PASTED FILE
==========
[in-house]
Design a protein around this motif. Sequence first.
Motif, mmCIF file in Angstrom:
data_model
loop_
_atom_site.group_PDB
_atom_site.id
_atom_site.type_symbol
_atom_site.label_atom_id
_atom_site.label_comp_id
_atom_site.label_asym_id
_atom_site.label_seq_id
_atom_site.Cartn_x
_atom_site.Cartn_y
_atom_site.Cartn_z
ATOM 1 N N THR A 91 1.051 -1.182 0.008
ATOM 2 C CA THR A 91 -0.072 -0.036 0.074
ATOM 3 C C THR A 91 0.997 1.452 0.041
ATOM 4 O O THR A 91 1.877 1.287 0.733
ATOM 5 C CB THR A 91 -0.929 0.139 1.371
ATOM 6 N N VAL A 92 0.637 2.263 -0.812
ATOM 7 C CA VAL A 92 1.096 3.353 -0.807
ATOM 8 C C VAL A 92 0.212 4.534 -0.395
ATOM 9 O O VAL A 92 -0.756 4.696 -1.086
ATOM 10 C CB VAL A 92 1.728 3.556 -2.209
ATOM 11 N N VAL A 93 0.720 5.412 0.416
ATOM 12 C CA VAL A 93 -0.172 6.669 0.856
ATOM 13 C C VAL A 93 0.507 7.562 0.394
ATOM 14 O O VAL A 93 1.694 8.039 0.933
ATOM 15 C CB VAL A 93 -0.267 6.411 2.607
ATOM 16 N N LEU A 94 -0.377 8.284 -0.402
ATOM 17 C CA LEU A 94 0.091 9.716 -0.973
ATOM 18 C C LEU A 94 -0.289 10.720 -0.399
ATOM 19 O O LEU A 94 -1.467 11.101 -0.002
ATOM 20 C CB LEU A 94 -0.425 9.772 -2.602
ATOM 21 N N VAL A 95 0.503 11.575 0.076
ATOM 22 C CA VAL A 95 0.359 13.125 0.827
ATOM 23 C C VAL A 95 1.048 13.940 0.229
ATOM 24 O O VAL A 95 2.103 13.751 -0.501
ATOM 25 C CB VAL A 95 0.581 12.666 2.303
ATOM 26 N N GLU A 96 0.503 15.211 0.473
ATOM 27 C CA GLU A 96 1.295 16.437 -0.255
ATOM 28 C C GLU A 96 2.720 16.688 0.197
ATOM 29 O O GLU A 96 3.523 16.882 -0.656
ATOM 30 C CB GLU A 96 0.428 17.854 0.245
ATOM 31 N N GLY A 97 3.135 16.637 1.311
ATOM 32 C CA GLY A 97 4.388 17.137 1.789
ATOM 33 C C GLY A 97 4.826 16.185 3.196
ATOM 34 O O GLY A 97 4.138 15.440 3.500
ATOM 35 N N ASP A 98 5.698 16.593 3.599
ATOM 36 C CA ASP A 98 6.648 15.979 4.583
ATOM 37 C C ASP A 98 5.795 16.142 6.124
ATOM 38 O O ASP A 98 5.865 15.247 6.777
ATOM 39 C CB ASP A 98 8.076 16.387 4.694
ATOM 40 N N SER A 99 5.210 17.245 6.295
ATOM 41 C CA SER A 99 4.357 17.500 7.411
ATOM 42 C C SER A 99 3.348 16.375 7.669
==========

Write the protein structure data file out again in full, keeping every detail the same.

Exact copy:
[in-house]
Design a protein around this motif. Sequence first.
Motif, mmCIF file in Angstrom:
data_model
loop_
_atom_site.group_PDB
_atom_site.id
_atom_site.type_symbol
_atom_site.label_atom_id
_atom_site.label_comp_id
_atom_site.label_asym_id
_atom_site.label_seq_id
_atom_site.Cartn_x
_atom_site.Cartn_y
_atom_site.Cartn_z
ATOM 1 N N THR A 91 1.051 -1.182 0.008
ATOM 2 C CA THR A 91 -0.072 -0.036 0.074
ATOM 3 C C THR A 91 0.997 1.452 0.041
ATOM 4 O O THR A 91 1.877 1.287 0.733
ATOM 5 C CB THR A 91 -0.929 0.139 1.371
ATOM 6 N N VAL A 92 0.637 2.263 -0.812
ATOM 7 C CA VAL A 92 1.096 3.353 -0.807
ATOM 8 C C VAL A 92 0.212 4.534 -0.395
ATOM 9 O O VAL A 92 -0.756 4.696 -1.086
ATOM 10 C CB VAL A 92 1.728 3.556 -2.209
ATOM 11 N N VAL A 93 0.720 5.412 0.416
ATOM 12 C CA VAL A 93 -0.172 6.669 0.856
ATOM 13 C C VAL A 93 0.507 7.562 0.394
ATOM 14 O O VAL A 93 1.694 8.039 0.933
ATOM 15 C CB VAL A 93 -0.267 6.411 2.607
ATOM 16 N N LEU A 94 -0.377 8.284 -0.402
ATOM 17 C CA LEU A 94 0.091 9.716 -0.973
ATOM 18 C C LEU A 94 -0.289 10.720 -0.399
ATOM 19 O O LEU A 94 -1.467 11.101 -0.002
ATOM 20 C CB LEU A 94 -0.425 9.772 -2.602
ATOM 21 N N VAL A 95 0.503 11.575 0.076
ATOM 22 C CA VAL A 95 0.359 13.125 0.827
ATOM 23 C C VAL A 95 1.048 13.940 0.229
ATOM 24 O O VAL A 95 2.103 13.751 -0.501
ATOM 25 C CB VAL A 95 0.581 12.666 2.303
ATOM 26 N N GLU A 96 0.503 15.211 0.473
ATOM 27 C CA GLU A 96 1.295 16.437 -0.255
ATOM 28 C C GLU A 96 2.720 16.688 0.197
ATOM 29 O O GLU A 96 3.523 16.882 -0.656
ATOM 30 C CB GLU A 96 0.428 17.854 0.245
ATOM 31 N N GLY A 97 3.135 16.637 1.311
ATOM 32 C CA GLY A 97 4.388 17.137 1.789
ATOM 33 C C GLY A 97 4.826 16.185 3.196
ATOM 34 O O GLY A 97 4.138 15.440 3.500
ATOM 35 N N ASP A 98 5.698 16.593 3.599
ATOM 36 C CA ASP A 98 6.648 15.979 4.583
ATOM 37 C C ASP A 98 5.795 16.142 6.124
ATOM 38 O O ASP A 98 5.865 15.247 6.777
ATOM 39 C CB ASP A 98 8.076 16.387 4.694
ATOM 40 N N SER A 99 5.210 17.245 6.295
ATOM 41 C CA SER A 99 4.357 17.500 7.411
ATOM 42 C C SER A 99 3.348 16.375 7.669